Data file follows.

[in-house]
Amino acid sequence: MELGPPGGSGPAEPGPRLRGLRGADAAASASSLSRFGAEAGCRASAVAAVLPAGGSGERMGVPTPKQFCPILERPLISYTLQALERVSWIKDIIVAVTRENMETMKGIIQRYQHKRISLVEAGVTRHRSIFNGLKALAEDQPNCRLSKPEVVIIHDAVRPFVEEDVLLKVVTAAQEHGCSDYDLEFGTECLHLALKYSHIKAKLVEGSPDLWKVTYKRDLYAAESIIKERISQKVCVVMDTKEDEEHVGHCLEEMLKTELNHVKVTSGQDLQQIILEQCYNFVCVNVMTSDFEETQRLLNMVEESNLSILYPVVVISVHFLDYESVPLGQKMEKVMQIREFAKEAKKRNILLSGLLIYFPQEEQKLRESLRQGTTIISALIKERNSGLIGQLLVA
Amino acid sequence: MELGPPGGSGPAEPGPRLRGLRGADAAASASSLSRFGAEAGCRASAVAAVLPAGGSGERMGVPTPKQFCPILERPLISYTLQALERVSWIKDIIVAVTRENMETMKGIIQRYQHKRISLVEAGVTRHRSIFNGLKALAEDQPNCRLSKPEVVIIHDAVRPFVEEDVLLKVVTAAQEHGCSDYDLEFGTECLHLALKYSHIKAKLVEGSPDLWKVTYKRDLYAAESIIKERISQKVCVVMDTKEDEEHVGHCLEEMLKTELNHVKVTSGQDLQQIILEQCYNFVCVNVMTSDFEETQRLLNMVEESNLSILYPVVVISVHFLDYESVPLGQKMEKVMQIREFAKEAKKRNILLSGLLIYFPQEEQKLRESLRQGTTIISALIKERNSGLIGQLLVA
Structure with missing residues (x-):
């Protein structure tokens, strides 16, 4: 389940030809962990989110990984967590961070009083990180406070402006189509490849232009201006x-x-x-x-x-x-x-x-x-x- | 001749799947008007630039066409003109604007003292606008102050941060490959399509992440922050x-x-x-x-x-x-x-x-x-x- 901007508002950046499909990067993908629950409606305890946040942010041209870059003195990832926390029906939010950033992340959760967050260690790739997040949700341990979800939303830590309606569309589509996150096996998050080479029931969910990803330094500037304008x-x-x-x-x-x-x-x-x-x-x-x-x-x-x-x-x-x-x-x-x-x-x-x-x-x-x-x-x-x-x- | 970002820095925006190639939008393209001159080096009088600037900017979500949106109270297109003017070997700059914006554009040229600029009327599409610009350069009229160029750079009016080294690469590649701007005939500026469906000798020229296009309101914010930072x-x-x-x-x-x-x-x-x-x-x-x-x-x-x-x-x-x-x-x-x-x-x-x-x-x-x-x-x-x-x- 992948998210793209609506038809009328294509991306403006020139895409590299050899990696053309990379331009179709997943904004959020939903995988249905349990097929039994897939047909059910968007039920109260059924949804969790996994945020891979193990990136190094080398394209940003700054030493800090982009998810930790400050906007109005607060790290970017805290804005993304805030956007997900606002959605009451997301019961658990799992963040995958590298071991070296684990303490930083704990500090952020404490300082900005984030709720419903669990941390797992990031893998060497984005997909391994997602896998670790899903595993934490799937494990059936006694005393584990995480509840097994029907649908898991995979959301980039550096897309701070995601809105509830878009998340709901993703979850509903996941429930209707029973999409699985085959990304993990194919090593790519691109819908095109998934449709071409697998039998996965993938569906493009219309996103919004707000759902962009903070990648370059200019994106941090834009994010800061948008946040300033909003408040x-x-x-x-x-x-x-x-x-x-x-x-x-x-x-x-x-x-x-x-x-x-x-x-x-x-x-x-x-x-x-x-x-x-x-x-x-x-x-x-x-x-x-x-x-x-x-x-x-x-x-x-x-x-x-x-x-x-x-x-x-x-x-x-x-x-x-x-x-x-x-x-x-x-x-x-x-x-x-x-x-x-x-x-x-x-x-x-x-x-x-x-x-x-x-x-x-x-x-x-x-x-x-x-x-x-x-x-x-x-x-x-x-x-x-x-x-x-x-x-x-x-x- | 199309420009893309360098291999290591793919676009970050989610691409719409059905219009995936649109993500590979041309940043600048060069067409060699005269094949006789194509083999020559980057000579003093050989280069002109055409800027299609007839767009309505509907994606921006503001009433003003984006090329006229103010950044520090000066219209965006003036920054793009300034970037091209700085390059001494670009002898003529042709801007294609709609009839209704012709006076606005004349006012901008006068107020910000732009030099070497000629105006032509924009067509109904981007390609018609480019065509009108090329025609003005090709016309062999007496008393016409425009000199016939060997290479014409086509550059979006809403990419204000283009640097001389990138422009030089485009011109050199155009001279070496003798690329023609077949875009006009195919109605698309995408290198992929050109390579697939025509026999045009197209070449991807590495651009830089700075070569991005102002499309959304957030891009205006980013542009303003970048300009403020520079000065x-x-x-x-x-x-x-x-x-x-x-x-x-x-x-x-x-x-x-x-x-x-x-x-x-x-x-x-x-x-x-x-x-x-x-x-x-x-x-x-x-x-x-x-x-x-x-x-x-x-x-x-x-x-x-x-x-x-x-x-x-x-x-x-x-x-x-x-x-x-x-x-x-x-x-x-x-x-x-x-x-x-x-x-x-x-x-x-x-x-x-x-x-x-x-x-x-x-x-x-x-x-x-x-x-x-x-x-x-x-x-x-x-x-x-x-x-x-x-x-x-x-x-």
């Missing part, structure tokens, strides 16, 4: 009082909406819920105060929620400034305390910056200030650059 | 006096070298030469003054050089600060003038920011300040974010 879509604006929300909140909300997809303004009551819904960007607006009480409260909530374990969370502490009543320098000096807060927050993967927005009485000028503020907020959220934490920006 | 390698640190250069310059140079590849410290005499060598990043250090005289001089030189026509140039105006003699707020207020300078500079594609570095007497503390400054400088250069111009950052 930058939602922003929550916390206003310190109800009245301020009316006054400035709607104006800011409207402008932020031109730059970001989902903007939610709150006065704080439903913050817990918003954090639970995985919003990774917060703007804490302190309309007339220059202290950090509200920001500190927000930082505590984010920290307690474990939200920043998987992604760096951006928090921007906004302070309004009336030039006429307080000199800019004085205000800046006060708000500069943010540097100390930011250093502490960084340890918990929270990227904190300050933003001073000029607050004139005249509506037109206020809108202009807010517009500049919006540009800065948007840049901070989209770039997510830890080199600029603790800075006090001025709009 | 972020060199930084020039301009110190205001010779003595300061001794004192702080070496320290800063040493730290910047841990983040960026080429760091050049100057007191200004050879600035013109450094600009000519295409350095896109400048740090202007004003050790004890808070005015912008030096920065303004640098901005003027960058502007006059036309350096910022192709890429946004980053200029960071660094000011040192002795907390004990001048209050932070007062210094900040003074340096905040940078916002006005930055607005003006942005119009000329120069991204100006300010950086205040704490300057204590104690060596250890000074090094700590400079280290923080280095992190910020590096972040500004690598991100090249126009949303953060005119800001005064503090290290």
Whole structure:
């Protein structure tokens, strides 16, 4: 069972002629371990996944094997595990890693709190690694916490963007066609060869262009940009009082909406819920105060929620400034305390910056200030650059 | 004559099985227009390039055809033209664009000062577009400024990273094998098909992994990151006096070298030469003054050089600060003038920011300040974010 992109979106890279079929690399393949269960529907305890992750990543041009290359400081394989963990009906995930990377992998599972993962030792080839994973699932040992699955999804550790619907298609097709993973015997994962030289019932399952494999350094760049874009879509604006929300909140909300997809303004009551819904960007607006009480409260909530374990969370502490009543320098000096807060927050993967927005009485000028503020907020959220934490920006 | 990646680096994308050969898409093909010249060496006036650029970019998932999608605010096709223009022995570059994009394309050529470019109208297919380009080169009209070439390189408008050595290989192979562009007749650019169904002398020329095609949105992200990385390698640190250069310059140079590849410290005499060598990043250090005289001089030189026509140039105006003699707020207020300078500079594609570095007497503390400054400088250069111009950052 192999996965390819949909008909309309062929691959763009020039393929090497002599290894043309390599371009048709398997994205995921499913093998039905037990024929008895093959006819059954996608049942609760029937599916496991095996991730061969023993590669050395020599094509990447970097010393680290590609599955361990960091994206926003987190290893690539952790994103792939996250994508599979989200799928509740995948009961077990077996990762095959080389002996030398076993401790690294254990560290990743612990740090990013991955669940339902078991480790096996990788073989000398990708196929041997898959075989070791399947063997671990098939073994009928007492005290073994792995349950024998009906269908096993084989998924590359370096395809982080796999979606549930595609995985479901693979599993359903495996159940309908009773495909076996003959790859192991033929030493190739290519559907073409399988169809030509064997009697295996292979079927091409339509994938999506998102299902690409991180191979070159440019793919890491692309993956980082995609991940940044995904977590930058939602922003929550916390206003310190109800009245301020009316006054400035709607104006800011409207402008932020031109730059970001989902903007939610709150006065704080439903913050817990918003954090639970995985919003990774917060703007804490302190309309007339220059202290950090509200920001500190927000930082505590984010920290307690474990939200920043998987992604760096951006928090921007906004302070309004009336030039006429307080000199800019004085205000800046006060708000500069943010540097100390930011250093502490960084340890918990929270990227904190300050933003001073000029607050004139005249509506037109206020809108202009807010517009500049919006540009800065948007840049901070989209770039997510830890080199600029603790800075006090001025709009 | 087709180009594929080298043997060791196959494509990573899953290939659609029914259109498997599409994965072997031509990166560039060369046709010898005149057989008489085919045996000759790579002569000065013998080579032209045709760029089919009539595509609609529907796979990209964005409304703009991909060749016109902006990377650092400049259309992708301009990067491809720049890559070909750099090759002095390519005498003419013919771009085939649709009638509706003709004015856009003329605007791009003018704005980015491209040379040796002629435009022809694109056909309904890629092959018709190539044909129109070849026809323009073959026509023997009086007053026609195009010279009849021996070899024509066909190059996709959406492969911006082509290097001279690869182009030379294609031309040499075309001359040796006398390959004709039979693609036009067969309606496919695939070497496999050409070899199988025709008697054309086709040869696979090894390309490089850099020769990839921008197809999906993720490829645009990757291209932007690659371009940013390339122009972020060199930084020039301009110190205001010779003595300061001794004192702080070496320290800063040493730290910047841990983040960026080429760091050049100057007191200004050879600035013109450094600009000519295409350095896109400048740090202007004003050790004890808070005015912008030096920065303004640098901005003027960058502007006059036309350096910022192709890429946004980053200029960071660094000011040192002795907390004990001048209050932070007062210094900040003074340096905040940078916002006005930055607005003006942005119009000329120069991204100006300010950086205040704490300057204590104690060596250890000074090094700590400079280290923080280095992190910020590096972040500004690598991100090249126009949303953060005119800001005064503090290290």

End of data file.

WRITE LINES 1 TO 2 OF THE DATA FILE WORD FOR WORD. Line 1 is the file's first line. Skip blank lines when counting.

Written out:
[in-house]
Amino acid sequence: MELGPPGGSGPAEPGPRLRGLRGADAAASASSLSRFGAEAGCRASAVAAVLPAGGSGERMGVPTPKQFCPILERPLISYTLQALERVSWIKDIIVAVTRENMETMKGIIQRYQHKRISLVEAGVTRHRSIFNGLKALAEDQPNCRLSKPEVVIIHDAVRPFVEEDVLLKVVTAAQEHGCSDYDLEFGTECLHLALKYSHIKAKLVEGSPDLWKVTYKRDLYAAESIIKERISQKVCVVMDTKEDEEHVGHCLEEMLKTELNHVKVTSGQDLQQIILEQCYNFVCVNVMTSDFEETQRLLNMVEESNLSILYPVVVISVHFLDYESVPLGQKMEKVMQIREFAKEAKKRNILLSGLLIYFPQEEQKLRESLRQGTTIISALIKERNSGLIGQLLVA